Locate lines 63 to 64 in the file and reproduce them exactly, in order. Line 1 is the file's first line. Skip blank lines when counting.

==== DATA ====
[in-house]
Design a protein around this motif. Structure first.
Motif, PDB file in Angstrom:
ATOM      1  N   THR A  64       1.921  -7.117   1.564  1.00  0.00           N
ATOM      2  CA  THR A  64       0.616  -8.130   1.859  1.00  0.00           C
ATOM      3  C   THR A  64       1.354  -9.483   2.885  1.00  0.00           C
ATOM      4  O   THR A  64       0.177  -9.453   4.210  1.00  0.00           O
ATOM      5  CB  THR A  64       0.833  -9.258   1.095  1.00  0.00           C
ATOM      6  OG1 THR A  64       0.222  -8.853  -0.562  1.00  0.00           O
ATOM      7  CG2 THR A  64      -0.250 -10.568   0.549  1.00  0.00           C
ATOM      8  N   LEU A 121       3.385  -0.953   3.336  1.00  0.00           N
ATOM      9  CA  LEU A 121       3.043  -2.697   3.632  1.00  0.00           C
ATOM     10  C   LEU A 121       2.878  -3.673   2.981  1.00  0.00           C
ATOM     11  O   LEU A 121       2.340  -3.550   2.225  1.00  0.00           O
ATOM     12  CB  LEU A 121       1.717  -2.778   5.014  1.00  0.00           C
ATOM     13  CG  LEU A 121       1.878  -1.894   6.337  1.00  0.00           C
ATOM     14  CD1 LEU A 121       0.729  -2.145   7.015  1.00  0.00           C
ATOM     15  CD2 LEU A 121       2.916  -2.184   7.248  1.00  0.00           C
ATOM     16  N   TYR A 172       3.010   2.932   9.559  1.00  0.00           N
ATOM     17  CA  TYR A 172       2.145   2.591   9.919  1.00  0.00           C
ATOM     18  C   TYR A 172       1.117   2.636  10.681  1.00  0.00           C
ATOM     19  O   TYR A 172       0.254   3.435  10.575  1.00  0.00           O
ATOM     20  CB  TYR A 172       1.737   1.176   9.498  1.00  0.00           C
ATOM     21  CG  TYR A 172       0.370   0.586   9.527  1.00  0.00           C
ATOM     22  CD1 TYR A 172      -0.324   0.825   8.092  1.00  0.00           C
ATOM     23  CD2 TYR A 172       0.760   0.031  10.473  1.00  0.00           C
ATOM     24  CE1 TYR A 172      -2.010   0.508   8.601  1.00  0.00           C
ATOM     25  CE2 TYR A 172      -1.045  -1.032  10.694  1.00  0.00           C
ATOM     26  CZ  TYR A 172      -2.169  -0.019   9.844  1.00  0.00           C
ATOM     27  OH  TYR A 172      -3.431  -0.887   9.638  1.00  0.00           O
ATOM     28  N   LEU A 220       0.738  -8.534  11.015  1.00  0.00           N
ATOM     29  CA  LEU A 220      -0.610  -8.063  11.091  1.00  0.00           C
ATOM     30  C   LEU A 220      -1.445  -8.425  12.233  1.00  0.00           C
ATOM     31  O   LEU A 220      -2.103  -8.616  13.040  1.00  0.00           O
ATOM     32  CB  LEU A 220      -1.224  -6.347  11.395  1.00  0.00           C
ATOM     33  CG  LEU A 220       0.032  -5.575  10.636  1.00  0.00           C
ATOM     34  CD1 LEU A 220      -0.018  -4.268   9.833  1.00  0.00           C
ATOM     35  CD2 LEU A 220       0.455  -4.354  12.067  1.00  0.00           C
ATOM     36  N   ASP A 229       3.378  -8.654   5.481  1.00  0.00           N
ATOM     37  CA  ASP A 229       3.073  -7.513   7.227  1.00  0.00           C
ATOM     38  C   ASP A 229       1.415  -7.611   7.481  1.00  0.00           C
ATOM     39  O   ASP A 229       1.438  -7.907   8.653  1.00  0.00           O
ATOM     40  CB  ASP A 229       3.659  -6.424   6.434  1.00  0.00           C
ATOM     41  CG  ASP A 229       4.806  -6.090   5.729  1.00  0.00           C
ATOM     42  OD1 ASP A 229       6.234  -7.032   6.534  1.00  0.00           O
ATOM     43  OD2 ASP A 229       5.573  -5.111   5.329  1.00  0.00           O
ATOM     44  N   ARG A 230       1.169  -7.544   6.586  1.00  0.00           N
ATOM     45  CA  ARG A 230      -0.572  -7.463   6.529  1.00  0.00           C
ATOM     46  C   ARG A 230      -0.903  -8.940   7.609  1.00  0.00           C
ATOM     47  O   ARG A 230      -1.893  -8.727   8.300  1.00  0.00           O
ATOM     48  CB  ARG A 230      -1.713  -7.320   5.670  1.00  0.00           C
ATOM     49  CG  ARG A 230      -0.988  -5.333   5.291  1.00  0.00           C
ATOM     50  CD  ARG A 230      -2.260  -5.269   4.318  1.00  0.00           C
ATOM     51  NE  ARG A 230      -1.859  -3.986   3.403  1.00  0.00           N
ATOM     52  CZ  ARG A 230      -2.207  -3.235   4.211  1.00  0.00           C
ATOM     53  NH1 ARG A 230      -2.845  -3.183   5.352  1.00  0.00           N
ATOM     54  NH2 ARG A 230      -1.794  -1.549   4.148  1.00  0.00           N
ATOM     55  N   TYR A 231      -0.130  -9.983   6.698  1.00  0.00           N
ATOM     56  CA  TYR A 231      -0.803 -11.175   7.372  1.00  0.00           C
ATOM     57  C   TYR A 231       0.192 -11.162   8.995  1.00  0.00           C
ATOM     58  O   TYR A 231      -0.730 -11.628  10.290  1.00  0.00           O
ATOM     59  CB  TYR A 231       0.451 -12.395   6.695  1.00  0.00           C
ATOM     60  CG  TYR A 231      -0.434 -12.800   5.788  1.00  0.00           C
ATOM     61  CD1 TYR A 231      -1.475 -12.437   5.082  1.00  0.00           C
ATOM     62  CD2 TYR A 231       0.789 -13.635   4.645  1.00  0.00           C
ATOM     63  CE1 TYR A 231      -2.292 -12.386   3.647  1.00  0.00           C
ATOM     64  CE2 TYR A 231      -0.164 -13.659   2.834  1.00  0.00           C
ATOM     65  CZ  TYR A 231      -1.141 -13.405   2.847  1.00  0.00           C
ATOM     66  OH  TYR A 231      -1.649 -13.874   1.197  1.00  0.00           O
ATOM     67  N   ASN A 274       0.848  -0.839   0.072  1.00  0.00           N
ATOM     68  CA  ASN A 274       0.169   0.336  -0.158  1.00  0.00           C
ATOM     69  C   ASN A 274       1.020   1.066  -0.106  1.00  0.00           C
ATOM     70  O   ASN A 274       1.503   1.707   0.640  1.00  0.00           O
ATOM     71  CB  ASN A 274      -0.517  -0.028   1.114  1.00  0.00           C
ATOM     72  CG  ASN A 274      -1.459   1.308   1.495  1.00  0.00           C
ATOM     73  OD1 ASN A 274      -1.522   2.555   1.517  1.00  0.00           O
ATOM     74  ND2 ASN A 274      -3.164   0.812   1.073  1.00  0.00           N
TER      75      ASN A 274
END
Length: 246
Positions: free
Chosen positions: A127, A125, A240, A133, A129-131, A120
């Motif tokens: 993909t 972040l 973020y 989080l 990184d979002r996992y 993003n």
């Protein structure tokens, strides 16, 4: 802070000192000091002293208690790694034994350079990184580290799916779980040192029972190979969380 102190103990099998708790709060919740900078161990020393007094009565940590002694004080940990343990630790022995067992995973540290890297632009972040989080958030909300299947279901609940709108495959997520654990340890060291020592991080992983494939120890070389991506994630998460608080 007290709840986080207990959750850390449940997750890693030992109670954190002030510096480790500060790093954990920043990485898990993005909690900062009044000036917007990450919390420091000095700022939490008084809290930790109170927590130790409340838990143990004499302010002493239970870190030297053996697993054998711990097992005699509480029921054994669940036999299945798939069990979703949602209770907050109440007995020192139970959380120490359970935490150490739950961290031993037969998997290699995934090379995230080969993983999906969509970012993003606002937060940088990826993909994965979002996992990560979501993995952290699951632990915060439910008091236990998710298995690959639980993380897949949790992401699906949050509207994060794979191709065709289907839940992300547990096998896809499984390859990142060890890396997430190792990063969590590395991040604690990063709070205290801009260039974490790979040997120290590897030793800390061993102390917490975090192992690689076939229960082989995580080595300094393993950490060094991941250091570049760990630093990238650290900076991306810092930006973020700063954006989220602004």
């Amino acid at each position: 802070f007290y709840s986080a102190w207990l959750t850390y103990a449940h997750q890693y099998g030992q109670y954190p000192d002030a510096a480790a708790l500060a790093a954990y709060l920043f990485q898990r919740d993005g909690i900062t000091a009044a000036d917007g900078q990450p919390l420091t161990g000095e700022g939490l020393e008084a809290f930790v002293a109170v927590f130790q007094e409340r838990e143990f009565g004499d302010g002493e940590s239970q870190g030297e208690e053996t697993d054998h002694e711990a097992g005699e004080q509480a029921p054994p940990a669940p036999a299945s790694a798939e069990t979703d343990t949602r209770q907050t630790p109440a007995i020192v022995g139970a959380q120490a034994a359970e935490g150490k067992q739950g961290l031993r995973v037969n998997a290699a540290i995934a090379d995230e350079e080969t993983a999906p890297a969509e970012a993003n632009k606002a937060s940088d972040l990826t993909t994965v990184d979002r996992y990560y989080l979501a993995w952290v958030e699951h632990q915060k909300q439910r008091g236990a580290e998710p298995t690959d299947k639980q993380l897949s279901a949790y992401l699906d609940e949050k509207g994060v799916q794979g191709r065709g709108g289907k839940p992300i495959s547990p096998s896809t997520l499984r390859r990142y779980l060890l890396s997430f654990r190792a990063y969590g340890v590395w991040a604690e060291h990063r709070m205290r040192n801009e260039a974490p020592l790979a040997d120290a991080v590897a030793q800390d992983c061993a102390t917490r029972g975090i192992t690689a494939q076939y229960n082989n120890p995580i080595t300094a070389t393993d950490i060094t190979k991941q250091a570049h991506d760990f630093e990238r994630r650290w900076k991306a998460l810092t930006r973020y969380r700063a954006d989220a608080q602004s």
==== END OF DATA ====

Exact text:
ATOM     60  CG  TYR A 231      -0.434 -12.800   5.788  1.00  0.00           C
ATOM     61  CD1 TYR A 231      -1.475 -12.437   5.082  1.00  0.00           C